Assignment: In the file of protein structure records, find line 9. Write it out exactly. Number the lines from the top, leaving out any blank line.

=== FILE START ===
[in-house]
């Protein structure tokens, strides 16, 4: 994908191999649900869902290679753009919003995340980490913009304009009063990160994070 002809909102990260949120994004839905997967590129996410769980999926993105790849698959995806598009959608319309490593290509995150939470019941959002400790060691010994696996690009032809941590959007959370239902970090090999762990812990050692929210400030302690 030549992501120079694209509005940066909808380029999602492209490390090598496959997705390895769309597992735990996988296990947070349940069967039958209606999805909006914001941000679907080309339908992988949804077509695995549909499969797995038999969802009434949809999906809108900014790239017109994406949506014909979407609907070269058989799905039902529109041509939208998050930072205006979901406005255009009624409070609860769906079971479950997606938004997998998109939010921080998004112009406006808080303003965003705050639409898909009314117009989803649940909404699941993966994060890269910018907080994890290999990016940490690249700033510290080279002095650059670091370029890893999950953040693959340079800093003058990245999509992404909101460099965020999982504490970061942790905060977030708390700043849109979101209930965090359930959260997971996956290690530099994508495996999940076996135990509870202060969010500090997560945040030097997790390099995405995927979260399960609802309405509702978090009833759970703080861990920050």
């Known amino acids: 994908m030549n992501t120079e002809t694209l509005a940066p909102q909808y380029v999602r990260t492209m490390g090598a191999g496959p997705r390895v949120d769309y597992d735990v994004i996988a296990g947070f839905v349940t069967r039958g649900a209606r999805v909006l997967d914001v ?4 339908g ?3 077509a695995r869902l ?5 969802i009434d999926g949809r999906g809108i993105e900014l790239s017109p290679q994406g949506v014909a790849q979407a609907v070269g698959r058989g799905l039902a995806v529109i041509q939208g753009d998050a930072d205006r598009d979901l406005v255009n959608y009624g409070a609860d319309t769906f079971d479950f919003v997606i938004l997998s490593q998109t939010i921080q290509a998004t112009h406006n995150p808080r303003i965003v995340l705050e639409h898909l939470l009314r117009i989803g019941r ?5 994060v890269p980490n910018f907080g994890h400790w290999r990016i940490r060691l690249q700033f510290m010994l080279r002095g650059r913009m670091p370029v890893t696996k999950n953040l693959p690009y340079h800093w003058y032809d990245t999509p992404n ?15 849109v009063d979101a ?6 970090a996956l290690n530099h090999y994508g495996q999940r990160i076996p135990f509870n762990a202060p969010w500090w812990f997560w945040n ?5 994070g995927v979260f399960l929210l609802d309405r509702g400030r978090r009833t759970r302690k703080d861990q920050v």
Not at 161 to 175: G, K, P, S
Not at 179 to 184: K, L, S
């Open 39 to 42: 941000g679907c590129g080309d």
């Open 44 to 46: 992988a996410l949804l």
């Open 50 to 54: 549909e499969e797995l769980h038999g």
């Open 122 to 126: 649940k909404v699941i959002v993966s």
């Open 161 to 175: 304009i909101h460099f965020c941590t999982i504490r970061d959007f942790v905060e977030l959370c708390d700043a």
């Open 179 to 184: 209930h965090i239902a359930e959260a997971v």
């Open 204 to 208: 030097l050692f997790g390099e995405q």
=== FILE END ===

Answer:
């Open 122 to 126: 649940k909404v699941i959002v993966s």